The federal or state government can seize private property via eminent domain if the land will be for public use and landowners receive just compensation. The act of acquiring land under eminent domain is referred to as condemnation.
Eminent domain is often used to assemble large areas of land for redevelopment projects. Some examples of eminent domain use cases include:
States typically interpret public use to justify eminent domain in two ways:
In general, eminent domain generates benefits and costs for different groups, and it is difficult to objectively measure these in order to identify their overall impact. Additionally, it is not clear what portion of the public must benefit from the use of eminent domain to justify public use or advantage.
Courts do not use a specific formula to calculate how much of the public must benefit, and they may not require that the entire community or even a considerable portion of it enjoys the public benefit, as long as there are benefits such as a decrease in unemployment, increase in the tax base, or revitalization of local industries (Nader, 2004; Coleman, 2019).
Energy and utility companies often use eminent domain to build out infrastructure (e.g., renewable energy infrastructure). A state’s public utility commission can determine that certain values satisfy public use, such as increasing the reliability, affordability, or sustainability of the power grid.
In Missouri, land cannot be condemned purely for economic development purposes that will solely increase the tax base, tax revenues, employment, or general economic health (RSMo 523.271).
In areas where courts tend to favor government use of eminent domain, housing prices increased for at least four years after the legal precedent was set (Chen, 2020). At the same time, there is concern by property rights groups that property is being undervalued when condemned for eminent domain (GAO, 2006).
There is limited research on how eminent domain affects economic development.
Cases where economic development was justified as public use for eminent domain disproportionately condemn land from the elderly, as well as racial minority and low-income neighborhoods (Bailey, 2012).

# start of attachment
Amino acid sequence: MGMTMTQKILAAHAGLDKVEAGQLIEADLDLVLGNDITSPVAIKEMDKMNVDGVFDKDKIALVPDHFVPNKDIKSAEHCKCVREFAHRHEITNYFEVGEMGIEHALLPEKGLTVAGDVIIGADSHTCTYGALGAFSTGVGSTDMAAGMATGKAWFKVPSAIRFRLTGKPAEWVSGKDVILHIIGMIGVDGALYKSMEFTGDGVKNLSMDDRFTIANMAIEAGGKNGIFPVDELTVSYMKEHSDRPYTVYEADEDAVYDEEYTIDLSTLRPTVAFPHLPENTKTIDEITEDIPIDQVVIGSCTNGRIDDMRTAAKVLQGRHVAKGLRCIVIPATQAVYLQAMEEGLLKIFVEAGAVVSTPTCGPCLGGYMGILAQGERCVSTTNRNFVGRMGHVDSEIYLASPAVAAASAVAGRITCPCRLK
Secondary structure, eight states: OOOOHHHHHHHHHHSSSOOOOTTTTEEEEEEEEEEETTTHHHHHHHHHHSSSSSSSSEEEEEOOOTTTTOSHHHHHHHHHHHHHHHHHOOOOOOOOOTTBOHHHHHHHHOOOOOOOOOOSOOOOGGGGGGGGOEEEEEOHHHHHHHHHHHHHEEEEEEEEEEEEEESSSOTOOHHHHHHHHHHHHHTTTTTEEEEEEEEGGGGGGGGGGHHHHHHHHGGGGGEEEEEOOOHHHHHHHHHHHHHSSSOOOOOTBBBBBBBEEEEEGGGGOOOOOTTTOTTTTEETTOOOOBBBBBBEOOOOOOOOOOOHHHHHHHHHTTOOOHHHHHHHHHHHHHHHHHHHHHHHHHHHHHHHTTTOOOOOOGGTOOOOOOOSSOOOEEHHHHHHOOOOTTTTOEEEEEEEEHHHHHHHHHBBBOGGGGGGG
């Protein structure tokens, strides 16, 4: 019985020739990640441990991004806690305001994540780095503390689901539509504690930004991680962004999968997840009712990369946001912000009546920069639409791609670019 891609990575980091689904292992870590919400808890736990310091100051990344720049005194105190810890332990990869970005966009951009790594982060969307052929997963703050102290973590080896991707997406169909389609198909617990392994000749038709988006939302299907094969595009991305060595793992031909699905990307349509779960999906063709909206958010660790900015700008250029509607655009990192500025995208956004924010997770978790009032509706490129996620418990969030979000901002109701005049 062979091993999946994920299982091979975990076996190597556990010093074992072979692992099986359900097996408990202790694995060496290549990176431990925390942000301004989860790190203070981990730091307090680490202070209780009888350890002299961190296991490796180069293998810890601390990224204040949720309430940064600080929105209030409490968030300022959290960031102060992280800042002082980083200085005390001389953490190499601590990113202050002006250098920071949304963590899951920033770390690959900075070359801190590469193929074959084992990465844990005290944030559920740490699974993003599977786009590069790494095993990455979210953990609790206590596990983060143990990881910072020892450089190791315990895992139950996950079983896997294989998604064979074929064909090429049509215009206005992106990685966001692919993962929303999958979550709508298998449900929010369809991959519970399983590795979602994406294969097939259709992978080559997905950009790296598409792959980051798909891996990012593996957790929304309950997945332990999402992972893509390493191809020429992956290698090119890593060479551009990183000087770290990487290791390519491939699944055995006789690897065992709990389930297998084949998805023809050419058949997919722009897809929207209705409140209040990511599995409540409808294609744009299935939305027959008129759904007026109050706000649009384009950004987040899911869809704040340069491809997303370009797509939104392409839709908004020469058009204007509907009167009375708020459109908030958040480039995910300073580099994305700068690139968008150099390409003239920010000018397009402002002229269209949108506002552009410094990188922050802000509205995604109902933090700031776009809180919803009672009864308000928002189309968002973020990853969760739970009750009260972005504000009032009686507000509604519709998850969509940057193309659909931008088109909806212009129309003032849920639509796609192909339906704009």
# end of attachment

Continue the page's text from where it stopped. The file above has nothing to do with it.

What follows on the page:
Residents of low-income neighborhoods often rely on their communities for day-to-day needs such as child care. When a household is displaced because their land is condemned through eminent domain, they can lose access to their community support network (GAO, 2006).
HB 2005 passed in 2022 and requires that:
Bailey, J. (2012). Ethnic and Racial Minorities, the Indigent, the Elderly, and Eminent Domain: Assessing the Virginia Model of Reform. Wash. & Lee J. Civil Rts. & Soc. Just., 19, 73.
Byrne, P. F. (2016). Have post-kelo restrictions on eminent domain influenced state economic development? Economic Development Quarterly, 31(1), 81–91. https://doi.org/10.1177/0891242416671805
Carpenter, D. M., & Ross, J. K. (2010). Do restrictions on Eminent Domain Harm Economic Development? Economic Development Quarterly, 24(4), 337–351. https://doi.org/10.1177/0891242410370680
Chen, D. L., & Yeh, S. (2020). Growth under the shadow of expropriation? The economic impacts of eminent domain.
Coleman, J. W., & Klass, A. B. (2019). Energy and Eminent Domain. Minn. L. Rev., 104, 659.
Deborah, D. A. (2006). (rep.). Eminent Domain: Public Use. Minnesota House of Representatives Research Department. Retrieved October 25, 2022, from https://www.house.leg.state.mn.us/hrd/pubs/ss/clssemntdom.pdf.
Lanza, S. P., Miceli, T. J., Sirmans, C. F., & Diop, M. (2013). The use of eminent domain for economic development in the era of kelo. Economic Development Quarterly, 27(4), 352–362. https://doi.org/10.1177/0891242413493661
Nader, R., & Hirsch, A. (2004). Making eminent domain humane. Vill. L. Rev., 49, 207.
United States Government Accountability Office (GAO). (2006). (rep.). Eminent Domain - Information about Its Uses and Effect on Property Owners and Communities Is Limited. Retrieved October 25, 2022, from https://www.gao.gov/assets/gao-07-28.pdf.
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